Aerialists – Group Manoeuvre
Fiddlehead Records – September 19th / January 2018 (UK)
In June 2016, just a few months removed from the band’s inception, and shortly after reviewing their excellent eponymous debut EP, I witnessed Aerialists perform their own sublime set and back Emily Millard. Instantly recognising there was something truly special going on here, I have been eagerly awaiting this first full-length offering and, as anticipated, Group Manoeuvre is a dazzling display of stellar musicianship, inventive arrangements, and genre-melding music inhabiting a world of its own. Therein lies one of the magnetic features of this quintet’s largely instrumental sound – with so many disparate elements organically combining, they are delightfully difficult to define.
Released on Aerialists’ guitarist Adam Iredale-Gray’s Fiddlehead Records, Group Manoeuvre and his band pretty much epitomise the label’s release policy, being to issue music whereupon “the word folk can combine tastily with words like ‘indie,’ ‘jazz,’ and even ‘prog.’” In respect of this particular release, I would also suggest, from an emotional rather than sonic perspective, a word like ‘soul.’
Joining Iredale-Gray to comprise the core Aerialists trio are the acclaimed Màiri Chaimbeul (harp/keyboards) and the brilliant Elise Boeur on fiddle. On this release, the bass and drums duties are fulfilled by Nate Sabat and Sean Trischka respectively, but depending on where the nucleus of Aerialists may be performing, and the availability of their collaborators, the rhythm section will differ. At a recent show in my hometown of Nanaimo, BC, the noted and geographically convenient session players Jake Jenne – drummer on the debut EP – and the musically chameleonic bassist, Wynston Minckler, formed a rock solid backbone.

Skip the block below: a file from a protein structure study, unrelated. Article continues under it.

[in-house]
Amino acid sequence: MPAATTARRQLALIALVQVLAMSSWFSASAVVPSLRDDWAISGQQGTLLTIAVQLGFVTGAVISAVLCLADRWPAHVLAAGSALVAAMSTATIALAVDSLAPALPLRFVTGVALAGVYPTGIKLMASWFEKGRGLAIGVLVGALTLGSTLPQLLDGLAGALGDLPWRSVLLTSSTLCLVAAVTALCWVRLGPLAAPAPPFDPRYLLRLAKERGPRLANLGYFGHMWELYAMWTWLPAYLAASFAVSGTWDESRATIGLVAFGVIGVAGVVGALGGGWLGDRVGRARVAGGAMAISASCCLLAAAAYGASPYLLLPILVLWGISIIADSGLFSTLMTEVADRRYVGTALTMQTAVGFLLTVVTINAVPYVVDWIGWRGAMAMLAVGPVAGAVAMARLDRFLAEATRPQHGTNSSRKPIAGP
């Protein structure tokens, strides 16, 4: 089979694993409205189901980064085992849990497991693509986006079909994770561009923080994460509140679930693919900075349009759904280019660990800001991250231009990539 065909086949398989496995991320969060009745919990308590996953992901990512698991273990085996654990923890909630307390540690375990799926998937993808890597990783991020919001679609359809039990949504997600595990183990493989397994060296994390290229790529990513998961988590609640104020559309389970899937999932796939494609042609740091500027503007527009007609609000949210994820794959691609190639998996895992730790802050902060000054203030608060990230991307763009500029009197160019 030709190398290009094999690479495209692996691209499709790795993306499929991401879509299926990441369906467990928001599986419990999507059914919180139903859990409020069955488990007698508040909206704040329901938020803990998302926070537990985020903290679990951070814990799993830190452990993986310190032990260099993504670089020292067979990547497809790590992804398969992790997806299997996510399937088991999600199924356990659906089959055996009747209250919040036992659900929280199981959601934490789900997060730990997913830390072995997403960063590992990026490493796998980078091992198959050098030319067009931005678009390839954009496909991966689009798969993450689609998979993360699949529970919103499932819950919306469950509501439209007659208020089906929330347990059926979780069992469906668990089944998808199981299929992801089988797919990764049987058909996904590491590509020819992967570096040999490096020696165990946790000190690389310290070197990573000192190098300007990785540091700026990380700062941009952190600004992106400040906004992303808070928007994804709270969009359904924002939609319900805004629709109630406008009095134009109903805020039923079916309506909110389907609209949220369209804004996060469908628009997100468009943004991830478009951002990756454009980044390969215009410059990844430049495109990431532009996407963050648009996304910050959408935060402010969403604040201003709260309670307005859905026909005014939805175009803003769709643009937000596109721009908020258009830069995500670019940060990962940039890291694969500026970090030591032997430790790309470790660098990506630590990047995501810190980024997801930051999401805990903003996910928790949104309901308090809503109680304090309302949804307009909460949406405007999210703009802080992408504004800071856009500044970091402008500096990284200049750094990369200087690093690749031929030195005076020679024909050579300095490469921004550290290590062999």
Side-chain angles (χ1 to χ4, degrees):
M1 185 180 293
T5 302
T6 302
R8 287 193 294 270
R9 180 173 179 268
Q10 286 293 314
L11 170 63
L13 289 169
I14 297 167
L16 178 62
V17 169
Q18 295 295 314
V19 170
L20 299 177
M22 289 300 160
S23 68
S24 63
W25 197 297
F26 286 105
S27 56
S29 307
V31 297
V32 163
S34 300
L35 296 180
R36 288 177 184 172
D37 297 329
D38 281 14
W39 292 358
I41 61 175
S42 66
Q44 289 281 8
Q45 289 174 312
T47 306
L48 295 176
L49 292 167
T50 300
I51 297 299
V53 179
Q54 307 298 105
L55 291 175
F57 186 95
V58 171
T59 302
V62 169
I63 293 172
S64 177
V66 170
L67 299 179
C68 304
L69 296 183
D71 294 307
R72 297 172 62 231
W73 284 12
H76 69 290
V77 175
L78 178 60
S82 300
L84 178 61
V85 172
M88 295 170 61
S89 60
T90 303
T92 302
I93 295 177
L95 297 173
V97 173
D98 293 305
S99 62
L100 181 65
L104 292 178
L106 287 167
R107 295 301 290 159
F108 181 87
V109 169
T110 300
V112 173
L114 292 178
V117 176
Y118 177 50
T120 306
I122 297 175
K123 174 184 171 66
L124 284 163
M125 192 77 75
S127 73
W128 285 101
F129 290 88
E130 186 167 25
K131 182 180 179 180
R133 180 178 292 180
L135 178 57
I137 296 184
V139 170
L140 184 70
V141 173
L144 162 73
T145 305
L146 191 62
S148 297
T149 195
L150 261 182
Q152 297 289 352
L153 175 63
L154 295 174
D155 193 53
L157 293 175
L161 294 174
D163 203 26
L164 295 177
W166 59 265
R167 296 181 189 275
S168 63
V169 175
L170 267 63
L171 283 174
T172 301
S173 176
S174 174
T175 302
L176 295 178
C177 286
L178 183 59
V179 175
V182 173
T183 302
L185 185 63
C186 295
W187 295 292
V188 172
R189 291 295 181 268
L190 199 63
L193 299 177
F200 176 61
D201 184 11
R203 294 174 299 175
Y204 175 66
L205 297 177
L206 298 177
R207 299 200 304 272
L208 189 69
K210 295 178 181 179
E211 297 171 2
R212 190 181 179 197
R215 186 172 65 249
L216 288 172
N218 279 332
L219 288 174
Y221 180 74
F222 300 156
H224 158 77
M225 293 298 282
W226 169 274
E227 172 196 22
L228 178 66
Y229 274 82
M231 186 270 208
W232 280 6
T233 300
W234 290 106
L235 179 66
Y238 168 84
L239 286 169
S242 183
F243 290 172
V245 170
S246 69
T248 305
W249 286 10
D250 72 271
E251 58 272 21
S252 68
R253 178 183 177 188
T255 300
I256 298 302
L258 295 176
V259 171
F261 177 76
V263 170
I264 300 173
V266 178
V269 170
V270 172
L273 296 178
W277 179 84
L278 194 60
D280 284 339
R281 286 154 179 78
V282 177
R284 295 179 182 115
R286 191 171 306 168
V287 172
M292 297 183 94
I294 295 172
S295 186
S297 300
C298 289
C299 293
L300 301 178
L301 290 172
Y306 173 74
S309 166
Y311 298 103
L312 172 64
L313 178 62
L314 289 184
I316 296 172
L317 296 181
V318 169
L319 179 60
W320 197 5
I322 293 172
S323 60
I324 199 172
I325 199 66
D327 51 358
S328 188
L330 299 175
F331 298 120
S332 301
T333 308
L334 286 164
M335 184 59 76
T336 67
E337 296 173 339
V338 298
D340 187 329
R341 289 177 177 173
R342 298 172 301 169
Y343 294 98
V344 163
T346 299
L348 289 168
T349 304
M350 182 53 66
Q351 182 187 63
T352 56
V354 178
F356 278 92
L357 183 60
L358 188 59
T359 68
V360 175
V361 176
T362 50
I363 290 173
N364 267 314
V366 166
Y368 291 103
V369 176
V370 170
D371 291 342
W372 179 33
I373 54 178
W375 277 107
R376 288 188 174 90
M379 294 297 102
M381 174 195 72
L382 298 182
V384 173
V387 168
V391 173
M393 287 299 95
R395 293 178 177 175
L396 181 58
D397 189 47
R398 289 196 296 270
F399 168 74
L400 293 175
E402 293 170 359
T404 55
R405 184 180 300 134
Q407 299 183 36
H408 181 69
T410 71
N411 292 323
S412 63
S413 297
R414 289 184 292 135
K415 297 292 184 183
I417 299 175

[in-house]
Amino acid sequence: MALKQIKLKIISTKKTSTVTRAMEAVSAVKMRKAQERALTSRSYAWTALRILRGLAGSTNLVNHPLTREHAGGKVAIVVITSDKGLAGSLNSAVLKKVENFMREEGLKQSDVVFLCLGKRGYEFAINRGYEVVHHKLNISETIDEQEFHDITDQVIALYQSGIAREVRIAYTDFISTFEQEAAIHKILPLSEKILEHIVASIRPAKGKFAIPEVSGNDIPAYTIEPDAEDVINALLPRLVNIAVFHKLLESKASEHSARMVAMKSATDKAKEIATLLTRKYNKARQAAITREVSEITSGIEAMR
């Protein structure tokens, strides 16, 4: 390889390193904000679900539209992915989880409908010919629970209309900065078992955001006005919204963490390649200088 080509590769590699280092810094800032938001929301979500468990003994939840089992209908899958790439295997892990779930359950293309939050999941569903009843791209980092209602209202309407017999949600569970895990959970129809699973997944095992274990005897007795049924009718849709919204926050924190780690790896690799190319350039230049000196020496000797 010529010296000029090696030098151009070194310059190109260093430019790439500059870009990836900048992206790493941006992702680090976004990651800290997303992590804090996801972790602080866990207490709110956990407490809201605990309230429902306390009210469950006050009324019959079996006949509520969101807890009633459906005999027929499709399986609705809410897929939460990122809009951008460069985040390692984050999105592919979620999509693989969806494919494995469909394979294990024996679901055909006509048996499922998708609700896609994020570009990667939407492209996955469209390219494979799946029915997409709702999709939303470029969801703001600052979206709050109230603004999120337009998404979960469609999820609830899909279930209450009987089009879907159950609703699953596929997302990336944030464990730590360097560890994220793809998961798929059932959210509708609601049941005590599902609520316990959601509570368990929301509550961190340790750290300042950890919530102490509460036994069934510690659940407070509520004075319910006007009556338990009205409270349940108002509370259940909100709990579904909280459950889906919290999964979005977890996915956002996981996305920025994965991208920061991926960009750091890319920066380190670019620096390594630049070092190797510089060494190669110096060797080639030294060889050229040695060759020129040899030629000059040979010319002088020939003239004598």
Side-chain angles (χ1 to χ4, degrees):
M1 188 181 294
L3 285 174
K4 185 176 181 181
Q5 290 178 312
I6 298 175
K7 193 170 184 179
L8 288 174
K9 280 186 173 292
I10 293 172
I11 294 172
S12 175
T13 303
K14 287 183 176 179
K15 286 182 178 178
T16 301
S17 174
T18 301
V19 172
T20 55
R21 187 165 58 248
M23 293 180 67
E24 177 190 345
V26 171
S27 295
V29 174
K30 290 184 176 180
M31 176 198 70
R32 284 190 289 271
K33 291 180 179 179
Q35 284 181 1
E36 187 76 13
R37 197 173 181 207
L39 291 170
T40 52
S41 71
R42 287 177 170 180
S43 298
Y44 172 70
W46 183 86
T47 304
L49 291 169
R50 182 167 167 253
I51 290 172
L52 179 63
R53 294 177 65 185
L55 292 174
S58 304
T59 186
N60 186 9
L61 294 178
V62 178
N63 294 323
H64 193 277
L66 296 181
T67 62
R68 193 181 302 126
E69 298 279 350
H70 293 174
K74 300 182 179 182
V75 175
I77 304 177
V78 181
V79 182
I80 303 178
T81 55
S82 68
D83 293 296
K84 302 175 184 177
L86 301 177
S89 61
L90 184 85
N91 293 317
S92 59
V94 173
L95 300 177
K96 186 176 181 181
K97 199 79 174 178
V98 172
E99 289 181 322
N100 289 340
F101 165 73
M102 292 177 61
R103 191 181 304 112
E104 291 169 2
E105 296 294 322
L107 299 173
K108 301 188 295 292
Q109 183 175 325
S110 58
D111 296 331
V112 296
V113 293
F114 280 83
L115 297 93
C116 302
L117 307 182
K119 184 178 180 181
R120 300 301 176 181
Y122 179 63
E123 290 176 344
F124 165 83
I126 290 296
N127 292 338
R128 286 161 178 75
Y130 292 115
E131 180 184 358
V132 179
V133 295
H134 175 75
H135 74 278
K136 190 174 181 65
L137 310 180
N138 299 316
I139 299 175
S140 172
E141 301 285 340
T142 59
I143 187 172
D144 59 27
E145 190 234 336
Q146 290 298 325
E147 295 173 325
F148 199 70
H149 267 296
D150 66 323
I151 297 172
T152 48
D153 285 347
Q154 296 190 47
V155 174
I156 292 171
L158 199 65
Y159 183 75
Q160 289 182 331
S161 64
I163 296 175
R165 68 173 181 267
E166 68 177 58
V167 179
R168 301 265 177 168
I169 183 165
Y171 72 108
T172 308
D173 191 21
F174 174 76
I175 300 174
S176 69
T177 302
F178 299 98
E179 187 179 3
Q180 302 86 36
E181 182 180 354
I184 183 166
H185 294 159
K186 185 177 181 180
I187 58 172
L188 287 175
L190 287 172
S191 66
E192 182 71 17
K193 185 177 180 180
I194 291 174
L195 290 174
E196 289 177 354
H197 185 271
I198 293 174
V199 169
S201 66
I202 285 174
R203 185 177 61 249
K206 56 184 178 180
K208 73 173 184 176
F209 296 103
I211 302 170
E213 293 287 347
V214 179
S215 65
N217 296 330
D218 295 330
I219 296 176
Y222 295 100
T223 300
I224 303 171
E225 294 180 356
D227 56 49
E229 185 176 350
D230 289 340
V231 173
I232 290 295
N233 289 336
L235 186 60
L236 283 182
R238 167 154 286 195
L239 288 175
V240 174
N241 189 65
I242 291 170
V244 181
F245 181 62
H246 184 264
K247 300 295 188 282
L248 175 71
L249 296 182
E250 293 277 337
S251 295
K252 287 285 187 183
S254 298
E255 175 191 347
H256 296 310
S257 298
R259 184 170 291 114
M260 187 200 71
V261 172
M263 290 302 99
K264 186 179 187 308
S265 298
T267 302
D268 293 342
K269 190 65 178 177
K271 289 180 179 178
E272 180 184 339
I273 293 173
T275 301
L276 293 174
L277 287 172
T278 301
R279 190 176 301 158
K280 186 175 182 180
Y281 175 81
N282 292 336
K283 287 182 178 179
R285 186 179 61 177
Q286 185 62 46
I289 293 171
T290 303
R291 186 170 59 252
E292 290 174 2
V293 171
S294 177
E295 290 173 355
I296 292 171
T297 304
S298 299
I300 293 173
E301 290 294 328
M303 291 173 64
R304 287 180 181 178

Opening with two Chaimbeul originals, Group Manoeuvre enchants, beguiles and thrills from the first note to the last. The title track – or, to be accurate, as Group Manoeuvre II is the third track – the first part of it kicks things off in funky, complex jazz-folk style, with each musician showcasing their considerable capabilities. Chaimbeul and Boeur are prominent here, with Iredale-Gray, Sabat and Trischka knocking it out of the park behind them.
After the frenetic opener, Ink Black Ocean is initially more reflective, with shuffling drums, and a gorgeous harmonic interplay between Chaimbeul and Iredale-Gray, before Boeur enters the fray just beyond the two-minute mark to lead the band to a powerful climax. There is no time to draw breath between tracks, as the gorgeous Group Manoeuvre II begins immediately the preceding track concludes. A snaking piece based on Chaimbeul’s simple piano chords, it takes a surprising and spine-tingling left turn at 2:27 when guest contributor Emily Millard joins the track with her soft, beautiful voice to bring the piece to a close.
Providing a moody pivot, Sabat’s KMF (an acronym for I know not what) follows, and in jazz tradition, each of the core three musicians are presented with an opportunity to subtly display their skills with brief, delicate solos. It is a lovely track, and mood-wise I am reminded of Pat Metheny’s work with Lyle Mays, particularly the pastoral masterpiece As Falls Wichita, So Falls Wichita Falls.